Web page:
Dinosaurs at South Pole – Antarctica and North Pole

Today, the South Pole aka Antarctica is a super giant land mass that is very cold and is almost entirely covered with ice and snow. But, back in the days of the dinosaurs, the south pole; Antarctica was very warm, ice free, and the great land mass continent had lush forests and some swamps. Dinosaurs and giant amphibians roamed all throughout Antarctica. The first fossils found there are those of Plesiosaurs, marine reptiles with long necks, discovered on Seymour Island in 1982. The first dinosaur fossil is of an anklosaur, discovered on James Ross Island in 1986. There were Hadrosaurs, land animals, approximately 29 feet in height

In April 2016, paleontologists announced an enormous discovery of various types of dinosaurs that cane out of James Ross Island from an area, which a few months before, involved unearthing more than a metric ton of fossils. Biologist James Salisbury, of the University if Queensland, was one of thirteen scientists involved with the canoeing. Most of the fossils were dated to be from 71 million years old to 67 million years old, because those are the ages of the rocks the fossils were found in. Here are four of the most prominently found South Pole dinosaurs: 

1. Antarctopelta Oliveroi (ankylosaur). Lived 83 million years ago to 72 million years ago. Length: 20 feet. Diet: Herbivirous.

2. Trinisaura Santemarta ensis. Lived: 83 million years ago to 72 million years ago. Length: 5 feet.

3. GlaciaLisaurus Hammeri. Lived: 190 million years ago, length: 20 feet to 25 feet. Creature was a saurapodum orph. Diet: Herbivorous.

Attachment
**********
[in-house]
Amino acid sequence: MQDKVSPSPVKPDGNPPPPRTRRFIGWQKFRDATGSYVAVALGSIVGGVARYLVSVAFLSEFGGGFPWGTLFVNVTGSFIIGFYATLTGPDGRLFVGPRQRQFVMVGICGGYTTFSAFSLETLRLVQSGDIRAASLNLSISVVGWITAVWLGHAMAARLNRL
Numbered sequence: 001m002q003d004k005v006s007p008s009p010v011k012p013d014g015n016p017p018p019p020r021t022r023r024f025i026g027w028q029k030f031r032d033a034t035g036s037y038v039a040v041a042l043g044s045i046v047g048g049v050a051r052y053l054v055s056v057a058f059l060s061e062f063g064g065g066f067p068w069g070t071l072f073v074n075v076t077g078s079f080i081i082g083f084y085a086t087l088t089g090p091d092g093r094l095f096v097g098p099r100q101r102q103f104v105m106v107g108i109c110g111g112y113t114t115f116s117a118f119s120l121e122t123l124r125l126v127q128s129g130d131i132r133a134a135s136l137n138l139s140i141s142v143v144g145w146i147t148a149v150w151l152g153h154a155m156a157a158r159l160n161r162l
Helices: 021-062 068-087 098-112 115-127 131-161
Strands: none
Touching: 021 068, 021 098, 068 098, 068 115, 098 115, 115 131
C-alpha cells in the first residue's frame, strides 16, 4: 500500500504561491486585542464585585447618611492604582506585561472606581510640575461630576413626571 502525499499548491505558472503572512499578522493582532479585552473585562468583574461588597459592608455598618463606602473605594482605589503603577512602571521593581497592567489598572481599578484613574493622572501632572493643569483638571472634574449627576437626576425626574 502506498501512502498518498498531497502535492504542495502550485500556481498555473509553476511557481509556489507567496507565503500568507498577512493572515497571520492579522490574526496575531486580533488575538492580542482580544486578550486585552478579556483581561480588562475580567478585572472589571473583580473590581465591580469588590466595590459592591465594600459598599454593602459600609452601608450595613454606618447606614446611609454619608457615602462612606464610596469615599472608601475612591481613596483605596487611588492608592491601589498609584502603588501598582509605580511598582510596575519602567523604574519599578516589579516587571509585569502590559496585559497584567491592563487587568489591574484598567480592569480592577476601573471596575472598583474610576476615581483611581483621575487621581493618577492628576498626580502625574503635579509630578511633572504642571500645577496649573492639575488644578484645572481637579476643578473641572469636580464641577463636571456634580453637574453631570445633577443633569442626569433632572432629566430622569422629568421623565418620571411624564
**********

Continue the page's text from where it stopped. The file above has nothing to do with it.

4. Cryolophosaurys Elliott. Lived: 190 million years ago. Length: 20 feet. Had a crested head. Diet: Carnivorous.

At the North Pole, there are no dinosaur discoveries that have been made. The North Pole, (unlike its South Pole, commonly called as Antarctica), has no land mass and today is very massive floating ice.

Sometimes people confuse the North Pole with the Arctic. The geographical North Pole is a much higher northerly elevated territory at the top of the world’s Hemisphere. The north pole exists within the arctic circle, an area that includes 8 countries including portions of Alaska and Canada, Finland, Russia, Greenland, North Asia, the Scandinavian Peninsula, and Iceland. Recently, science suggests marine dinosaurs and marine animals may have been living in the then warm waters millions of years ago.

Recent discoveries taken from underground core samples in the underwater mountain range – Lomonosov Ridge, located in northerly Arctic regions contain evidence that plants and ancient cypress and pine trees, in the area flourished. The arctic was extremely warm and wet 55 million years ago. Perhaps having an average temperature of 74 degrees F.

The warmer lands could come from a number of scenarios that would include climate change due to increased peaks of carbon dioxide and the movements of the tectonic plates and mantle convection.

The mountain range comprising the Lomonsov ridge broke away from the Eurasian continent about 57 million years ago. Due to such findings there had to be marine dinosaurs and marine animals living near the North Pole back in time. Perhaps including Mosasaur sharks, plesiosaurs, icthyosaurs, octopuses, squids, snails and clams to name a few. The North Pole, yields many secret treasures, under the ice, to paletonologists, just waiting to be discovered. 

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